Matthew Weaver, in The Guardian, 6 & 9 September 2019 with this title “Loch Ness monster could be a giant eel, say scientists”
The Loch Ness monster could be a giant eel, according to a fishy new theory that will keep Highland tourists guessing. In one of the biggest DNA studies of its kind, a team of scientists from New Zealand’s Otago University found the presence of about 3,000 species in the deep murky waters of the Scottish loch. Most of the creatures were very small, and while they did detect DNA from pigs, deer, sticklebacks and humans, there were no monsters. But Prof Neil Gemmell, who led the study, said he couldn’t rule out a theory that eels in the loch have grown to an extreme size.
Seemingly, following the church massacres last April 2019, there are a growing number of Christians as well as sympathizers who seem to understand better the miracle following repetitive Christian martyrdom of the 21st Century – (although it also sounds rational when critics say that the Lankan Catholic Hierarchy should exercise a cautious degree of restraint in public announcement, pronouncement or proclamation).
Fortunately after the Easter Sunday killings, religious convictions have helped bind many of the devout of all faiths and doctrinesthough underlined by either a sense of resignation to the powers of ‘karma’, or in acceptance of the Will of the Lord as when hopefully invoking in fraternal brotherhood, ‘Insha Allah’… Continue reading →
Nandasiri (Nandi) Jasentuliyana, in Sunday Times,24 August 2019 …. with pictorial illustrations due to Moran Perera
When the annual Sri Lanka Day was celebrated in the historic city of Pasadena this year, Sri Lanka took its rightful place among the ethnic festivals held in America. The featured event of the day was the ‘Pageant of Lanka’, a miniature Kandy Perahera. It took the breath away of the onlookers who filed along the historic route of the annual New Year’s Day Rose Parade, the most prestigious parade in America.
If you have invested in Sri Lanka’s tourism and hospitality industry, then it would serve you well to keep up with the international media coverage of Sri Lanka in recent weeks. The island nation’s reputation has taken a massive beating and it’s unlikely tourism will pick up any time soon. There is no point blaming the foreign media and claiming there is some conspiracy against Sri Lanka, and puff pieces promoting tourism by the Ministry of Tourism and other social media campaigns are pointless and won’t convince many outsiders to take the risk in visiting.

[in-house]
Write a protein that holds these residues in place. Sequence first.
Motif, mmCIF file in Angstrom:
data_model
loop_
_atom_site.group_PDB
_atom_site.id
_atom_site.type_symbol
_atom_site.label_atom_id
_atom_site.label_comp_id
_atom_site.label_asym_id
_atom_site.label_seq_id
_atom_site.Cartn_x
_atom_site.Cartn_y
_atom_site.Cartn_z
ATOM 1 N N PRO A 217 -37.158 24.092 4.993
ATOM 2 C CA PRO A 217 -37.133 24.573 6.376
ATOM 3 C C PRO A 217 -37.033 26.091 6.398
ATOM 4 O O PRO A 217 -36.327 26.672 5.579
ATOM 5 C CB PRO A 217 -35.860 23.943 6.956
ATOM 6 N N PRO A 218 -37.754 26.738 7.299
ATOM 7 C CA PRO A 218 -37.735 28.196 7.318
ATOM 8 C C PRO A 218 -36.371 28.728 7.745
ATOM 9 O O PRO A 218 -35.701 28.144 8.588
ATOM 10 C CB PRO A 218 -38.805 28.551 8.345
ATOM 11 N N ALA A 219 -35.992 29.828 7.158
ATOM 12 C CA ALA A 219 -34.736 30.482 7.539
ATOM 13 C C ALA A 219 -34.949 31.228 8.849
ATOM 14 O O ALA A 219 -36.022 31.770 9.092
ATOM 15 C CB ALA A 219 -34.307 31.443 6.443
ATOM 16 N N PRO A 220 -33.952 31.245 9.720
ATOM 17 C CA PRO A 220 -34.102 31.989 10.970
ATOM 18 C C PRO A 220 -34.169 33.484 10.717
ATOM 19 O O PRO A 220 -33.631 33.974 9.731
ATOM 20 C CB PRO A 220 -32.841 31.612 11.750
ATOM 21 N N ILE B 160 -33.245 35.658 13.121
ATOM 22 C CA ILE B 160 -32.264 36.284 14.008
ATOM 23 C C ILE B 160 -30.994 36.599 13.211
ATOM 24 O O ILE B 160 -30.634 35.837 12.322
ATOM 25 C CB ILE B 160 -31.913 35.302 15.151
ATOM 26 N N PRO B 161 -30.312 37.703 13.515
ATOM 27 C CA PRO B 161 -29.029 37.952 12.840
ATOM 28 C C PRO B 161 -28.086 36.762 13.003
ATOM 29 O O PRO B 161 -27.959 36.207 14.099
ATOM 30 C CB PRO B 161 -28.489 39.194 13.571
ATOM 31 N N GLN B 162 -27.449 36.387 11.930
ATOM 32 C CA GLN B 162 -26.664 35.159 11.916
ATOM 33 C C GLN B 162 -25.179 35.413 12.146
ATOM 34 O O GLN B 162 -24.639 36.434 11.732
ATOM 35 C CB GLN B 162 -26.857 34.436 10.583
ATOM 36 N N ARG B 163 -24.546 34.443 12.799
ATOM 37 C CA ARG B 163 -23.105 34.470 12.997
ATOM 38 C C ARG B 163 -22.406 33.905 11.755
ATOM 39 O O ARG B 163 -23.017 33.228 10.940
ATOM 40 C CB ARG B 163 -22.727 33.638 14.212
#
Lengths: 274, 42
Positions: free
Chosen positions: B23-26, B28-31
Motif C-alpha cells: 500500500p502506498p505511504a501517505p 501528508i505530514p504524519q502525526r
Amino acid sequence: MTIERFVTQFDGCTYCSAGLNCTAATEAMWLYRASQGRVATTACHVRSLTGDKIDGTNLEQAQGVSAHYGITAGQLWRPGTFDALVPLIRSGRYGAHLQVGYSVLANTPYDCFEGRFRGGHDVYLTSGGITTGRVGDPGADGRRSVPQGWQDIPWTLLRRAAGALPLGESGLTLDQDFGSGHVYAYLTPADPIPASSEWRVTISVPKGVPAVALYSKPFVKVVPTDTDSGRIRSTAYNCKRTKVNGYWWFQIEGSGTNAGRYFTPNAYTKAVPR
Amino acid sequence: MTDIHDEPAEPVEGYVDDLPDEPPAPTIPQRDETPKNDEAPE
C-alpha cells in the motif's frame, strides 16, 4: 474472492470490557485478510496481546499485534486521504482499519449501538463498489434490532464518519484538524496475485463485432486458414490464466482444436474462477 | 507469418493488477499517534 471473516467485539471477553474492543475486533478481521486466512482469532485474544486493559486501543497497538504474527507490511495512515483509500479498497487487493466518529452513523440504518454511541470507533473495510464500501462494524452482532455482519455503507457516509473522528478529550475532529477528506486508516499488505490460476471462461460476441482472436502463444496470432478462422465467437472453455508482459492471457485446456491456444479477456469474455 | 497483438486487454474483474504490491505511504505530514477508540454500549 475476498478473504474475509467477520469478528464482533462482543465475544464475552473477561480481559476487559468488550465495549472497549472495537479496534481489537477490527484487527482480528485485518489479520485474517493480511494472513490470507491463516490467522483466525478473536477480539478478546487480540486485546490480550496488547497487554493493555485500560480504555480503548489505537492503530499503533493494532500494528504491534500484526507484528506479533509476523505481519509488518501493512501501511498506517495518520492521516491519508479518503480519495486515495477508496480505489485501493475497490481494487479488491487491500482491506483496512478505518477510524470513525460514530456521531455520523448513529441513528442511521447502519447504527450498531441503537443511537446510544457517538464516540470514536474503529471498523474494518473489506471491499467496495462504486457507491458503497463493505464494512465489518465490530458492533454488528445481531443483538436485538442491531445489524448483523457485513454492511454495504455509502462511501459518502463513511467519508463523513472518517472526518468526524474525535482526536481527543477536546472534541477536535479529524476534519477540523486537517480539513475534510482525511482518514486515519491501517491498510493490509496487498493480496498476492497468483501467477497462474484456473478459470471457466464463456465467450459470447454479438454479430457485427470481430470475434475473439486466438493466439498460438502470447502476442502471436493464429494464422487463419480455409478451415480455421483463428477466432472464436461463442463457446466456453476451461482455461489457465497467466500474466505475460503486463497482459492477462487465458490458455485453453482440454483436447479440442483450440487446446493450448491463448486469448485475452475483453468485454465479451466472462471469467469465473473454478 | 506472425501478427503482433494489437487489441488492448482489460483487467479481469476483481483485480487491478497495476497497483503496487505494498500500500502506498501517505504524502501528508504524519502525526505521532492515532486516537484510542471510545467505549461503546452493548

The international media is highlighting the terrible actions of some in the Sinhalese majority, and the violence and discrimination unleashed by Buddhist extremists for decades. The Easter bombings aren’t being solely blamed on Muslim extremists by the international media, they are focusing on the incompetent Sri Lankan police and military who failed to prevent the attacks, despite possessing intelligence beforehand to do so, and also for having caused a situation in Sri Lanka where religious and ethnic minorities are not protected.
Wilde and Co. has expanded its boutique hotel collection with the addition of The Planters House; a colonial estate ‘bungalow’, which enjoys a secluded position on the original Lipton Estate, just below the famous Lipton’s Seat. The company operates with owners to develop, manage and promote a handful of beautiful hotels and lodges across Sri Lanka. Founders Tim Edwards and Max Duddy share a twin passion for heritage and conservation and those themes inform the makeup of their portfolio.
Jeevan Thiagarajah, in Daily News, 29 July 2019, where the title is “Implementing Brain gain initiative. Our diaspora”
There is sheer waste of rich resource and benefit to Sri Lanka by our failure to tap into the rich resource available in the Sri Lankan Overseas Communities. There is no co-ordinated effort to tap into this rich willing resource. In the end what most do is undertake personal initiatives. This is what a lot of people do.There are two ways to implement the brain gain: either through the return of the expatriates to the country of origin (Return Option) or through their remote mobilization and association to its development (Diaspora Option).
Thuppahi's Blog · This web site presents the interventions of MICHAEL ROBERTS in the public realm with reference to Sri Lankan political affairs. It will embrace the politics of cricket as well. ROBERTS was educated at St. Aloysius College in Galle and the universities of Peradeniya and Oxford. He taught History at Peradeniya University and Anthropology at Adelaide university. He is now retired and lives in Adelaide.